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A handout photo provided Human Rights Watch claiming to show a remnant of a yellow gas cylinder found in Aleppo, Syria, after a chlorine attack on Nov. 18, 2016. (REUTERS)
A handout photo provided Human Rights Watch claiming to show a remnant of a yellow gas cylinder found in Aleppo, Syria, after a chlorine attack on Nov. 18, 2016. (REUTERS)

Russia, China veto UN sanctions on Syria over gas attacks Add to ...

Russia and China vetoed new UN sanctions on Syria Tuesday and the U.S. ambassador accused both countries of refusing to hold President Bashar al-Assad’s regime accountable for the use of chemical weapons.

“They put their friends in the Assad regime ahead of our global security,” U.S. envoy Nikki Haley told the UN Security Council after the vote. “They turned away from defenceless men, women and children who died gasping for breath when Assad’s forces dropped their poisonous gas.”

The Trump administration recently joined France and Britain in sponsoring the resolution, and Ms. Haley minced no words in denouncing the “outrageous and indefensible choice” that Russia and China made on Tuesday. U.S. President Donald Trump had warm words for Russian President Vladimir Putin while campaigning, but Ms. Haley has now criticized Russia over its annexation of Ukraine’s Crimea peninsula as well as Syria.

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The defeated resolution was drafted following a joint investigation by the United Nations and the international chemical weapons watchdog determined the Syrian government was behind at least three attacks involving chlorine gas and the Islamic State extremist group was responsible for at least one involving mustard gas.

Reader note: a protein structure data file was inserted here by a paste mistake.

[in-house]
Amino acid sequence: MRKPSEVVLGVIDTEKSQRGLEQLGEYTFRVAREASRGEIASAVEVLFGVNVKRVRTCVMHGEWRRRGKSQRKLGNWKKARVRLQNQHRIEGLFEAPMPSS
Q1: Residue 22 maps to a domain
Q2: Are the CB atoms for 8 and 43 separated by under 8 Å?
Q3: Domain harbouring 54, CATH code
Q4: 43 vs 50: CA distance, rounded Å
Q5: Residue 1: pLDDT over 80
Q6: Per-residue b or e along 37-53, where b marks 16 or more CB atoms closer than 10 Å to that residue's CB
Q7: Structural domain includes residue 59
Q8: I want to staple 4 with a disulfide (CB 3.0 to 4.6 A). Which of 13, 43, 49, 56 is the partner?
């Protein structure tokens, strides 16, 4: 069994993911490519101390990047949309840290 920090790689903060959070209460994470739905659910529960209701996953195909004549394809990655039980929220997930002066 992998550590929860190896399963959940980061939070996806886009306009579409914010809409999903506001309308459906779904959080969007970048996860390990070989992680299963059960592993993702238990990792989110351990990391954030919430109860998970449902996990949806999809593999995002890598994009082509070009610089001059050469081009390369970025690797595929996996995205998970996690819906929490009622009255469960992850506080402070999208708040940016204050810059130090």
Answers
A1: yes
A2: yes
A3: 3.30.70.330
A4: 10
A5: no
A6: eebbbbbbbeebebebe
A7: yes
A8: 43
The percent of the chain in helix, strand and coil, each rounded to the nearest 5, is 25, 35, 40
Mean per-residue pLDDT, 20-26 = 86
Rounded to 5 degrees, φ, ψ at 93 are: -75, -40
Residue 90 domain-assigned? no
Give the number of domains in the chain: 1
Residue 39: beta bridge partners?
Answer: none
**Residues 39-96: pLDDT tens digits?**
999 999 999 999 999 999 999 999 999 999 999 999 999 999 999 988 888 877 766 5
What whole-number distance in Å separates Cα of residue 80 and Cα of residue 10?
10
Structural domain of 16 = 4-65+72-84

Russia, Syria’s closest ally, joined Western countries in establishing the joint investigation, known as the JIM, to determine responsibility for chemical attacks.

But Russia’s deputy UN ambassador Vladimir Safronkov said after the vote that Moscow let it be known early on that it was “skeptical” of the JIM’s reports and the “uncorroborated nature of the conclusions.” He stressed that there was “no convincing evidence” to determine who was responsible for using chemical weapons.

Mr. Safronkov also pointed to the divided Security Council vote saying many council members have questions about the JIM’s conclusions and the resolution. It got the minimum nine Yes votes on Tuesday but in addition to China and Russia, Bolivia voted “no” and three countries abstained: Egypt, Ethiopia and Kazakhstan.

Addressing the three Western sponsors, Mr. Safronkov said: “You decided on provocation when you knew well in advance our position.” He stressed that the only way to resolve the Syrian conflict is through co-operation – “and it’s high time we do so.”

Earlier Tuesday, Mr. Putin said Russia will oppose any new sanctions against Syria “because it wouldn’t help the negotiation process but only hamper it and undermine confidence as the process of negotiations is under way.”

Ms. Haley said Russia and China sat through nearly a year of briefings by the JIM investigators and never objected, “but now, they suddenly say the investigation just wasn’t enough.”

“Russia’s suggestion is for the Assad regime to investigate itself for use of chemical weapons,” she said. “There is nothing wrong with the investigation. Russia just doesn’t want to criticize the Assad regime for using chemical weapons. That’s the truth.”

Referring to “my friends in Russia,” Ms. Haley added, “it is a sad day in the Security Council when members start making excuses for other member states killing their own people.”

“The world is definitely a more dangerous place,” she said. “Today, the international community can look no further than the Security Council for contributing to that.”

She said the United States has already put the 21 individuals, companies and organizations targeted for UN sanctions in the defeated resolution on the U.S. sanctions blacklist and will urge the European Union and other countries to follow suit.

Ms. Haley also said the Islamic State’s use of chemical weapons adds to the United States’ determination to defeat the extremist group.

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